CipherTrace alerts Metamask of a phishing Chrome extension

CipherTrace posted a warning as well as a message to the Metamask team to help take down the malicious Chrome extension.

By · Dec 4, 2020 . 5min read

Metamask phishing Chrome extension news

Popular cryptocurrency intelligence firm CipherTrace has called on the attention of Metamask to look into a phishing Chrome extension which has maliciously led to losses of funds.

In a website update, CipherTrace posted a warning as well as a message to the Metamask team to help take down the malicious Chrome extension. According to CipherTrace, The fraudulent browser extension is directing information to maskmeha[.]io, which then subsequently redirects to https[:]//installmetamask[.]com.

Digging further, the phishing website which the Chrome extension directs to only got registered a few days back. Specifically, looking up the domain on whois.com shows 25th November 2020 as registration date.

CipherTrace alerts Metamask of a phishing Chrome extension

CipherTrace also went ahead to supply the IP details of the malicious website.

First Seen Date: 11/26/20
Thumbprint: a7f5485707f9ff4dbb3bc75bf78e6029ea5add58

IPs:
172[.]67[.]203[.]220
104[.]27[.]160[.]92
104[.]27[.]161[.]92

Apparently, someone who goes by the handle @dmazorosete had already made the same complaint on Twitter a week back calling the attention of Metamask to intervene as regards the phishing URL.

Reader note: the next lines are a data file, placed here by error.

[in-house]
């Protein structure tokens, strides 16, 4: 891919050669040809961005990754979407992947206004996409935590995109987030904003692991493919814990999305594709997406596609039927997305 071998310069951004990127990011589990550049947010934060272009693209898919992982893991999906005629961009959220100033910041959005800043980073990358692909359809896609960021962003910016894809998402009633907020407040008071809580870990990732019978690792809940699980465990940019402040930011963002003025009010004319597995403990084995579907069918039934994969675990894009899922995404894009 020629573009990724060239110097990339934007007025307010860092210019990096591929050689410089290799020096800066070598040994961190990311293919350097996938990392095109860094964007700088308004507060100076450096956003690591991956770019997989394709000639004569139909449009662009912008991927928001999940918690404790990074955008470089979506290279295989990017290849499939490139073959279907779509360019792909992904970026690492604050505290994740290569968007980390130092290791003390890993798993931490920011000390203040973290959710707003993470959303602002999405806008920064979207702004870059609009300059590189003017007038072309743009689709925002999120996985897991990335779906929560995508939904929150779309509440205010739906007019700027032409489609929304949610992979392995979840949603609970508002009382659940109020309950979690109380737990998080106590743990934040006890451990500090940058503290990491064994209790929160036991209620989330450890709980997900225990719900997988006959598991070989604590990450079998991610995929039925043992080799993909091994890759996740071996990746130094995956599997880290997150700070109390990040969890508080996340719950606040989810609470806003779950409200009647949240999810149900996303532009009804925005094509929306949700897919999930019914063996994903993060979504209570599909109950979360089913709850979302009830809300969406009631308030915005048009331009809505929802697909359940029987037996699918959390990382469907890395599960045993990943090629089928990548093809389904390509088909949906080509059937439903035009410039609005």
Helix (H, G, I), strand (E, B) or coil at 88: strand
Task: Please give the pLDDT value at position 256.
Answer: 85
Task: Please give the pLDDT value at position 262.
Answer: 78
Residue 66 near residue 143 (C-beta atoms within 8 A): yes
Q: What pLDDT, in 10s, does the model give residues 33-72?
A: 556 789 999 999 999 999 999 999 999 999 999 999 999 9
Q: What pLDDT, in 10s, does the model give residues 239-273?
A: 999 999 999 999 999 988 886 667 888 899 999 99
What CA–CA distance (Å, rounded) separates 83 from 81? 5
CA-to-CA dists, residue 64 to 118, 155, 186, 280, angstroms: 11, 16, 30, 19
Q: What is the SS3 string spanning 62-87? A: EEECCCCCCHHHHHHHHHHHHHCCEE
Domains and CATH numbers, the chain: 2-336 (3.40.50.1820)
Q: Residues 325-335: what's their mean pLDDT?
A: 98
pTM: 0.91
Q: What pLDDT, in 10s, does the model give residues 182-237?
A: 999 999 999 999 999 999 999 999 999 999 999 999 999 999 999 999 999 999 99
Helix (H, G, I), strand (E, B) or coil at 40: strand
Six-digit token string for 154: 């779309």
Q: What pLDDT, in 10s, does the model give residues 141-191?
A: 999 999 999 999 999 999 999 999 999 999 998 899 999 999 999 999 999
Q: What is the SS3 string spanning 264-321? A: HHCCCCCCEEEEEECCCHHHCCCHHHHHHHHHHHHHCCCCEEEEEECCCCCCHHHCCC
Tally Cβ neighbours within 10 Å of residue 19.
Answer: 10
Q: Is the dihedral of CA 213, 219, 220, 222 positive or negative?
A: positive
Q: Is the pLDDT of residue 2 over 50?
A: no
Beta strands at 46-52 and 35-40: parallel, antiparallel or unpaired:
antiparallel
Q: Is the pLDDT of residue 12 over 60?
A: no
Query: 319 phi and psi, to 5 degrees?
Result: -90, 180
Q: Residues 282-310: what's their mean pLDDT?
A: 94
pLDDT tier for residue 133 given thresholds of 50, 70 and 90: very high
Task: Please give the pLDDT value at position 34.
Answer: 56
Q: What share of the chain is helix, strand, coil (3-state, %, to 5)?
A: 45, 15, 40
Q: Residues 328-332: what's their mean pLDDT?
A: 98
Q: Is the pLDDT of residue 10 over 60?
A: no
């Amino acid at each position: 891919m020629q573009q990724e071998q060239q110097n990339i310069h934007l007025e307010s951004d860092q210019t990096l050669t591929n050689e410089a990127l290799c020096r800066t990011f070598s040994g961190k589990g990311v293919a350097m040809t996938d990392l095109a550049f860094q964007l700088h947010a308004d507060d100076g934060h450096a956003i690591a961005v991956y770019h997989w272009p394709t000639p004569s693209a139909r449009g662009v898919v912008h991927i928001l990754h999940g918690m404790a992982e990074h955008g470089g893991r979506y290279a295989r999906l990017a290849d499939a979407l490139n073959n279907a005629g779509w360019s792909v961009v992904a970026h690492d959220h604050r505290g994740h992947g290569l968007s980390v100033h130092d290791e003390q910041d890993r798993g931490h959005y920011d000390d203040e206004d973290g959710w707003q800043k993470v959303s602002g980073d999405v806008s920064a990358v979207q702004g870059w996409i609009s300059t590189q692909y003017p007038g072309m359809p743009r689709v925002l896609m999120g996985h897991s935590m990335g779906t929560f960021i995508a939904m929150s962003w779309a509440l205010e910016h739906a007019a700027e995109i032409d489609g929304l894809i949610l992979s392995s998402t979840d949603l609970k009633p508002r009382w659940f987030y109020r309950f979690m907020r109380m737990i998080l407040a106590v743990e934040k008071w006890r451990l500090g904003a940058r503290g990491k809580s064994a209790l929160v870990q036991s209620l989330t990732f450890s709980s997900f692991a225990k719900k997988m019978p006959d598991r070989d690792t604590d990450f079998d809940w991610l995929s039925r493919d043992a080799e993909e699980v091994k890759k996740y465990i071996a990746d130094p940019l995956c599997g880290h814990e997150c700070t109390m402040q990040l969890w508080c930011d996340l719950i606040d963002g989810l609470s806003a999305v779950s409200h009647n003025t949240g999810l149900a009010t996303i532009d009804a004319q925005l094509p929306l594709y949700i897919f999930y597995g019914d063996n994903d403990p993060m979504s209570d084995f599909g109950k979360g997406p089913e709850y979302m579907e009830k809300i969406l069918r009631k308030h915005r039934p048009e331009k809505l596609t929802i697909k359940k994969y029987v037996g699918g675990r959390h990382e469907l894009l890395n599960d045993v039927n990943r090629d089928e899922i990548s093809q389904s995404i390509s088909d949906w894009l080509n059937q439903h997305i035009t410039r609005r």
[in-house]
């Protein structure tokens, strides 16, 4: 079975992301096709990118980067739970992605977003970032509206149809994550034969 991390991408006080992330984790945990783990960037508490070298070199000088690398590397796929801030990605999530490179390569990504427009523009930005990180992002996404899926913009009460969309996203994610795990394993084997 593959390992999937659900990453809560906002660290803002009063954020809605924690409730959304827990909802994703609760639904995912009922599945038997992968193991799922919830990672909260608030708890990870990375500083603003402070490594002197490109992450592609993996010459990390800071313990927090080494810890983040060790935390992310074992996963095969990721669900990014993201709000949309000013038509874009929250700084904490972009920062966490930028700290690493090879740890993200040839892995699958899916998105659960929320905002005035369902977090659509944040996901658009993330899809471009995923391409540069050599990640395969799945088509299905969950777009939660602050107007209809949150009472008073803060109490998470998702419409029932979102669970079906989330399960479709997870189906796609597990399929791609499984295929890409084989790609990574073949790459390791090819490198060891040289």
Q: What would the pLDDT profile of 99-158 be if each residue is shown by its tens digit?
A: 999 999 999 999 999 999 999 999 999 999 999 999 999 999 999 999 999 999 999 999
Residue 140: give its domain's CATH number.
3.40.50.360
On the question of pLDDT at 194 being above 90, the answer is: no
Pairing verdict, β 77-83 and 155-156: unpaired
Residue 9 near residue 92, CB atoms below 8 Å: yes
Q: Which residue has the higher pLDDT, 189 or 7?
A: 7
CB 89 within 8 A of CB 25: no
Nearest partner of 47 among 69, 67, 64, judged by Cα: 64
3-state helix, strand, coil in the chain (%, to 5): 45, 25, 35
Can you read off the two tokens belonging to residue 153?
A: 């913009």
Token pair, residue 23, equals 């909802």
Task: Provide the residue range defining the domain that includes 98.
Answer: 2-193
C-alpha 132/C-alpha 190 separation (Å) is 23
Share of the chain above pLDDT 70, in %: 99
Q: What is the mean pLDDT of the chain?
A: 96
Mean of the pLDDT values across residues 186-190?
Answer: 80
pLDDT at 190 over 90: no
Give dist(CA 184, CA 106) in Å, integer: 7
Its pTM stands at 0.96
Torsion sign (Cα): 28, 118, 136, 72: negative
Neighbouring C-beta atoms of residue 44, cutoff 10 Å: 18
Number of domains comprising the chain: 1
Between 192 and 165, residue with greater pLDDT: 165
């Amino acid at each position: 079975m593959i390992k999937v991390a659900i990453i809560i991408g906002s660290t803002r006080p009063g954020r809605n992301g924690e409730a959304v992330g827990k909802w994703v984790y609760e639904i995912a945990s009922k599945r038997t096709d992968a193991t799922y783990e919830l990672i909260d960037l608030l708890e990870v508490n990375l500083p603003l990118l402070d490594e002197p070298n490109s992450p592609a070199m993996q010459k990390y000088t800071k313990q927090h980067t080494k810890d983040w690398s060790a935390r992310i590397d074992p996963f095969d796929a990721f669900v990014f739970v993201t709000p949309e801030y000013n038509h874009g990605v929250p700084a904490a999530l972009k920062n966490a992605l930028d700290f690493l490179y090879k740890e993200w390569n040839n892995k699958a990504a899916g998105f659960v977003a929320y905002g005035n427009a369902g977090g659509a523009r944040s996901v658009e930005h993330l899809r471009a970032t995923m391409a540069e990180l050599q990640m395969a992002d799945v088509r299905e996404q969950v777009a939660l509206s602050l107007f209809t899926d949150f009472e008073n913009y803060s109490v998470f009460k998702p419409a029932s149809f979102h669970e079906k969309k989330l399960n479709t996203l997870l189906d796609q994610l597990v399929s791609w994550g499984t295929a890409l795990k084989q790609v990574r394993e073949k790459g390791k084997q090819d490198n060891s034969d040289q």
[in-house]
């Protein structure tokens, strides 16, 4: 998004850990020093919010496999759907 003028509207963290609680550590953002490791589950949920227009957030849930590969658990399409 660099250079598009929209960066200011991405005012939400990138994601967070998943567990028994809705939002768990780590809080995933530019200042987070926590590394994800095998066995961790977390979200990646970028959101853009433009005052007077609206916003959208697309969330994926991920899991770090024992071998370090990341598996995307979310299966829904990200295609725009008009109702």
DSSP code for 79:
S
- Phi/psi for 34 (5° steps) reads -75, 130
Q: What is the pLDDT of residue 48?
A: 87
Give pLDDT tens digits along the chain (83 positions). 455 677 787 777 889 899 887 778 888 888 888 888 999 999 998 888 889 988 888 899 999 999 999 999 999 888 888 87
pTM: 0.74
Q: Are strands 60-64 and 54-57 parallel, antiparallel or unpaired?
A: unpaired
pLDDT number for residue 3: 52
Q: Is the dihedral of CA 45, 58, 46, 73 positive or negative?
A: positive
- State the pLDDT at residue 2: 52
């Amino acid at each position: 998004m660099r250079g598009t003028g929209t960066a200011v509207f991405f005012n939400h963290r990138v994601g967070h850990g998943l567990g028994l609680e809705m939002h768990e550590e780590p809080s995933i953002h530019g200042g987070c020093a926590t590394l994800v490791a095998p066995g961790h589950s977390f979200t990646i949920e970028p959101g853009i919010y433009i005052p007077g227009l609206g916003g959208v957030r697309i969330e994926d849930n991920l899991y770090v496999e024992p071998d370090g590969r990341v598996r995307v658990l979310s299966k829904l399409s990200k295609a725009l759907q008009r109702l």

CipherTrace alerts Metamask of a phishing Chrome extension
Source: Twitter

Whale Community published a post with the Metamask Phishing link.

For reference, Metamask’s official domain is metamask.io which some may not really be paying attention to. For instance, CipherTrace reported that $WHALE Community published a post on Medium referencing the Metamask phishing link. Checking through the link again, it appears WHALE Community had noticed their costly mistake and implemented the needed changes.

Meanwhile, Metamask had called out Google for allowing phishing ads mimicking the real Metamask to float on Google Ads and remaining there for days now. The Ads display on Google’s front page whenever you run a search on the word “Metamask”. Google hasn’t replied or made any attempt to take down the malicious ad.

Brad Garlinghouse, CEO of Ripple, passed a similar comment on issues of this sort recently also. Like domain registrars and hosting services have allowed the phishing Metamask website to remain online, so have Ripple’s clone also.

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